orange Jewel yam, baked and sliced in half with a white background
Ready to eat or store in the fridge
orange Jewel yam, baked and sliced in half with a white background
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5 from 2 votes

How To Bake Jewel Yams

My favorite yam / sweet potato, baked without foil. Baking without wrapping the yams in foil gives a soufflé-like, less wet, fluffier texture. A great make-ahead to eat various ways later.
Course Main Course, Side Dish
Cuisine American, Indian, Mediterranean, Vegan
Keyword flavorful, make-ahead
Prep Time 1 minute
Cook Time 1 hour
Total Time 1 hour 1 minute
Servings 6 Servings, 8 oz each
Calories 268kcal


  • knife
  • oven
  • pan
  • sil-mat or parchment to line pan


  • 3 pounds Jewel yams you can make as many or as few as you want


  • Preheat oven to 400°
  • Rinse and dry Jewel yams, stab ends and middles with a big knife to vent
  • Place yams on a sil-mat or parchment paper lined pan in the oven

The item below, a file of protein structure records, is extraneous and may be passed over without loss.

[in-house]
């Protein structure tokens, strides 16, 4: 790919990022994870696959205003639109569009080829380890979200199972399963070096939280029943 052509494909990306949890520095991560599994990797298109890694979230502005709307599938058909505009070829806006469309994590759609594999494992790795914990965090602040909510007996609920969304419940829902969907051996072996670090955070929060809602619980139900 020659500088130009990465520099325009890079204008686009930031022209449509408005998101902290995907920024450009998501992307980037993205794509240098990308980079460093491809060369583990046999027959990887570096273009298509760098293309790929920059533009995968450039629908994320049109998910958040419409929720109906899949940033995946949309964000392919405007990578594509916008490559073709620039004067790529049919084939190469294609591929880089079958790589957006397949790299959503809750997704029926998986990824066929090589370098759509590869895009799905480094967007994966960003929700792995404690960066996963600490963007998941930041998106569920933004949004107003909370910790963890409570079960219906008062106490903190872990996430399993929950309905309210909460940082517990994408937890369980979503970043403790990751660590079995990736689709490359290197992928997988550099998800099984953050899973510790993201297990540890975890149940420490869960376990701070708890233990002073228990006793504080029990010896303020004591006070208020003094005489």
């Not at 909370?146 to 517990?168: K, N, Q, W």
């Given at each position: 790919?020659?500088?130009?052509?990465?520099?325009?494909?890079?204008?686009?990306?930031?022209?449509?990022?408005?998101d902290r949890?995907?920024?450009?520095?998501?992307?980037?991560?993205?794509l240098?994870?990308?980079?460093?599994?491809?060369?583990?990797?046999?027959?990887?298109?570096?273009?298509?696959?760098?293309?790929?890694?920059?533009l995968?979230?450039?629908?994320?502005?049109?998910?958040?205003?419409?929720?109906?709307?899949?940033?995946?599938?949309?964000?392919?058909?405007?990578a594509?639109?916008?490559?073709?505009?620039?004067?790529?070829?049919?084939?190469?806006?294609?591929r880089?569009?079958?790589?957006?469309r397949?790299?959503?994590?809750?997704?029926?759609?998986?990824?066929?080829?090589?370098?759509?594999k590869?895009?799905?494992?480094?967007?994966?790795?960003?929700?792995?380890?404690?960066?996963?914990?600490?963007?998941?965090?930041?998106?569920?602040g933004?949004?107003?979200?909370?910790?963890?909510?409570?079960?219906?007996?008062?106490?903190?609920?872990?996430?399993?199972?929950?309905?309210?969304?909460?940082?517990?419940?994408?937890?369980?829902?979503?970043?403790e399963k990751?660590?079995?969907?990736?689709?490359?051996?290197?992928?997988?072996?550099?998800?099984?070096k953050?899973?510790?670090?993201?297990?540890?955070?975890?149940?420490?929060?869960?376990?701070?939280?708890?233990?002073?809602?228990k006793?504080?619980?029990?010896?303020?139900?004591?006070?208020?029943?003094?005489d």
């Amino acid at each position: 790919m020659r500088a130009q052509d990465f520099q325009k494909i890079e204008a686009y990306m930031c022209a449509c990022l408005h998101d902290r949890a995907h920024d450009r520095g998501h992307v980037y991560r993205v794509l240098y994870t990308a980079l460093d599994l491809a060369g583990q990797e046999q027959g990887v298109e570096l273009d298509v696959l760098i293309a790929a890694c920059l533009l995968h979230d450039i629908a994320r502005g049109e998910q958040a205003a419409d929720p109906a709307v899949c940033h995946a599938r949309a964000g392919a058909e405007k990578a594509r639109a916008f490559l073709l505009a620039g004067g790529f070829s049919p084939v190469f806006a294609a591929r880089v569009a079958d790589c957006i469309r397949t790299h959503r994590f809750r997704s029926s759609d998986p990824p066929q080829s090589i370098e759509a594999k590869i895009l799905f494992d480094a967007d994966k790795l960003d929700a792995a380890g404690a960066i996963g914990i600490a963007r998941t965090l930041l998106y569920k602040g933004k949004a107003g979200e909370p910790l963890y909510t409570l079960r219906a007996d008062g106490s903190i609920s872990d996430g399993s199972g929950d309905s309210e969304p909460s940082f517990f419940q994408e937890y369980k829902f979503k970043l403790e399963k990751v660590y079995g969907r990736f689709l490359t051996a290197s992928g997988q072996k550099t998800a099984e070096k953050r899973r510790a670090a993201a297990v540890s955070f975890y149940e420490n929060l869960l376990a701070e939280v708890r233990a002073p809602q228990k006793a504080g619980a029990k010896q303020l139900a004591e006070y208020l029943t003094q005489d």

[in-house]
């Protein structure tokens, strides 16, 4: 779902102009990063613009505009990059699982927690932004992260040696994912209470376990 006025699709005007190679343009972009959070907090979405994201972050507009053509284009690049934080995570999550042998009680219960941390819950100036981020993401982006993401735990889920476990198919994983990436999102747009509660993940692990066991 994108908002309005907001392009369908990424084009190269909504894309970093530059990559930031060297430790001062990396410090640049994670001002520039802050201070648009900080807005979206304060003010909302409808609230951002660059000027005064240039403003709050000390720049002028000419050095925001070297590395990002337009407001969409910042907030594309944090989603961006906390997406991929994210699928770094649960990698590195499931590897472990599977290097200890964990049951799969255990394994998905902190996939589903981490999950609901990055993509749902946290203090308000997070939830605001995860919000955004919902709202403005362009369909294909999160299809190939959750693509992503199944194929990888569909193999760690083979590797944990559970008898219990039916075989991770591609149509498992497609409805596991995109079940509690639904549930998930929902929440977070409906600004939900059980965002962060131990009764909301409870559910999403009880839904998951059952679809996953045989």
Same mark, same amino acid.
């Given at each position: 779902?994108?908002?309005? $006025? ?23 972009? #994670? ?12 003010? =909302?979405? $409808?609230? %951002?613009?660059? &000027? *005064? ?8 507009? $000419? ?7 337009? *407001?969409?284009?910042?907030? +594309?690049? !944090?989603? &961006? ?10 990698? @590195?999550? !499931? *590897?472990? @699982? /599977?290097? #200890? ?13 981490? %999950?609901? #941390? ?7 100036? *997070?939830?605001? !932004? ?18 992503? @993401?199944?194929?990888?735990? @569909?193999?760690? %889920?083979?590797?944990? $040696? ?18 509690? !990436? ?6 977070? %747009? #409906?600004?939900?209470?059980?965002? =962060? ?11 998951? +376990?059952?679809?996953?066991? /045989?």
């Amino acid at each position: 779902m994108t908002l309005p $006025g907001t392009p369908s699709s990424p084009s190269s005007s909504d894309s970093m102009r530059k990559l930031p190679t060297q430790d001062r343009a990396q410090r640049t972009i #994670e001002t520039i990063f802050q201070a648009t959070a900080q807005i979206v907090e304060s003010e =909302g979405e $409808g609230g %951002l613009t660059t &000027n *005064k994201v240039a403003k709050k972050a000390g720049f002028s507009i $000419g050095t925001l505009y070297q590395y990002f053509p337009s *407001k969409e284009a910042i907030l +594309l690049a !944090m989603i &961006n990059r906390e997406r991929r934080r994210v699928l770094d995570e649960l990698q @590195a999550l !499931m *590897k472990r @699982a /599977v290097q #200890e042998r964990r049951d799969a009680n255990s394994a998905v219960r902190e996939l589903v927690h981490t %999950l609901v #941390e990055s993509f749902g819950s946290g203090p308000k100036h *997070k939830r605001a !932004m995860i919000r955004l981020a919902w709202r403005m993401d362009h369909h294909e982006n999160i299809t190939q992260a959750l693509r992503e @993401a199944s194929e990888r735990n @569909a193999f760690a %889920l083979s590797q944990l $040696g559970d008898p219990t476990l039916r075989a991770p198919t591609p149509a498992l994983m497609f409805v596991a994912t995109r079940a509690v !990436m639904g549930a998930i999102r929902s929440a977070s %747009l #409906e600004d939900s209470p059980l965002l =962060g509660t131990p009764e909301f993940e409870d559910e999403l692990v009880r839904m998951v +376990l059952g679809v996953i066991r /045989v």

• Bake for one hour, turn oven off and leave yams in the oven for an hour or 2 if desired
    After one hour of baking, carefully (with protective oven-mitt) remove one yam and cut it open to check to see if it's soft and cooked all the way through.
    If it's not cooked all the way through push the yam back together or put both sides of the yam cut-side down on the mat and cook longer.
    Cooking time depends on how big your yams are. I like big yams, so I tend to just let them hang out in the oven.


Calories: 268kcal | Carbohydrates: 63g | Protein: 3g | Fat: 1g | Saturated Fat: 1g | Sodium: 20mg | Potassium: 1851mg | Fiber: 9g | Sugar: 1g | Vitamin A: 313IU | Vitamin C: 39mg | Calcium: 39mg | Iron: 1mg

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What’s your favorite variety of yam or sweet potato and how do you eat it? What’s your best kitchen disaster story, have you ever exploded something in your oven? Tell me in the comments section below.